The local magistrate asked the victim’s doctors, Monsieur’s De Lespinasse, Bardon and Massenat, to perform the then-new ‘Marsh Test for arsenic. The test, designed by English chemist William Marsh, was as ground-breaking as Orfila’s ‘Treatise’ and, provided it was performed 100% according to the instructions, was as near to infallible as could be. It’s still in use today, such is its reliability. The doctors knew almost nothing about the test but, rather than admit their ignorance, performed the test and submitted their results to the magistrate. According to them there was no arsenic found in Monsieur LaFarge’s stomach contents.The defence leapt on this as proof of innocence and tried to discredit the testimony of Anna Brun who had seen Marie taking white powder from a small box and putting it in her husband’s food. Having scored this extremely useful point they should have had the sense to leave well alone. They didn’t, and it would come back to haunt them and especially their client.

It was her lead counsel, Monsieur Paillet, who served the cause of justice by completely burying his own client. He insisted, in the interest of his client and to absolutely prove her innocence, that Orfila himself perform the test. As Europe’s pre-eminent toxicologist he could prove absolutely whether or not arsenic was involved. He did, and Maire LaFarge paid the price. Originally the judge decided that Orfila’s presence wasn’t required and that an affidavit from Orfila would suffice, which Orfila duly provided. The affidavit stated that the tests were so badly performed that the results were meaningless as evidence in a criminal trial which, without Monsieur Paillet’s overconfidence, should have resulted in an easy acquittal. The test itself, in Orfila’s absence, would be performed by two local chemists, Monsieur Dubois and his son, aided by Monsieur Dupuyfren, a respected chemist from Limoges. They performed the Marsh Test on the stomach contents (but not the food items retained as evidence by the prosecutor) and all agreed they had found no arsenic. Great for the defence and devastating for the prosecution. Or so it seemed at the time. 

Vintage arsenic poison bottle on antique shelf

The prosecutor was a learned man who’d studied Orfila’s ‘Treatise’ extensively and knew he had only one card left to play. Arsenic can leave stomach contents over time, but lasts far longer in food items and crockery. These hadn’t yet been tested. Nor had the small malachite box that Anna Brun had testified to seeing Marie LaFarge use for storing white powder she regularly added to her late husband’s food, although the stomach contents had..It would prove to be his ace in the hole. When the defence had originally requested Orfila himself conduct the tests, the prosecutor had opposed them and the judges had backed him. Now he  requested the exact opposite. Seeing as the box, food items and crockery hadn’t been tested, he argued, they now should be. And, seeing as the defence had originally requested Orfila himself do the testing, surely they’d have no objection to the prosecutor doing the same. The defence, having painted themselves into a corner and put their client at serious risk of the guillotine, had no choice but to agree.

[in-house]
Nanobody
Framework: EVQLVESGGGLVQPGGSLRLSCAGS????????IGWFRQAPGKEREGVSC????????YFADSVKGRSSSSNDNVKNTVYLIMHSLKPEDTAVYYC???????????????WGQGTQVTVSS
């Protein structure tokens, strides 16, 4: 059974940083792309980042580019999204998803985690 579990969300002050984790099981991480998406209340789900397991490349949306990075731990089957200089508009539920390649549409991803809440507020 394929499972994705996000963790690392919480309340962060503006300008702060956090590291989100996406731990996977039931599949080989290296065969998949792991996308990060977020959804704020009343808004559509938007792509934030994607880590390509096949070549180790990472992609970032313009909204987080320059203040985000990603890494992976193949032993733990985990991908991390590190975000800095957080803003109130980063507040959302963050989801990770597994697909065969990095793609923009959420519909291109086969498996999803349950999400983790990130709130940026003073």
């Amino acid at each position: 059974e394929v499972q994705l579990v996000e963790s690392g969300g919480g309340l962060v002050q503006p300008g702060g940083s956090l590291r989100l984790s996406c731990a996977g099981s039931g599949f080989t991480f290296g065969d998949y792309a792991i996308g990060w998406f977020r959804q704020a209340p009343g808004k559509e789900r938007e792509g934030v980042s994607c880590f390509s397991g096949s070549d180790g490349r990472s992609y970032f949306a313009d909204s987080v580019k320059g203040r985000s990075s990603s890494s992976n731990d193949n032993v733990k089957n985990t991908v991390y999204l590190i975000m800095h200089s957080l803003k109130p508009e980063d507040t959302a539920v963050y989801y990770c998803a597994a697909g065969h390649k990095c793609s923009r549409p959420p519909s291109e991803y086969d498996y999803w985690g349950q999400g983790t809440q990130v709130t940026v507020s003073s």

Orfila arrived, took the food items, plates and glasses and performed the Marsh Test exactly as described in the manual. The result was entirely accurate and utterly destroyed Marie’s claims of innocence. Orfila reported, having tested everything he’d been asked to, that the food items, crockery and malachite box contained between them enough arsenic to kill dozens of people. Combined with Marie being a major beneficiary of her husband’s death, Anna Brun’s eyewitness testimony of her putting white powder in her husband’s food, his several unexplained illnesses, the fake rat poison paste that contained no arsenic and the house seemingly untouched by any actual rats, the verdict was inevitable. Marie was guilty.

The judges did show her some small mercy. She managed to avoid the guillotine, receiving instead a sentence of hard labour for life. King Louis-Phillippe also showed some mercy, albeit not much. He commuted her sentence, removing the hard labour but still leaving her imprisoned for life. She was released in June, 1852 by Ny Napoleon III (ironically the same year in which Napoleon III opened the infamous penal colonies in French Guiana now notorious as ‘Devil’s Island’). She settled in the town of Ussat, dying of tuberculosis on November 11, 1852.

Mathieu Orfila, nemesis of Marie LaFarge and so many other poisoners, died only four months later.

 

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This entry was posted on August 2, 2014 by in True Crime.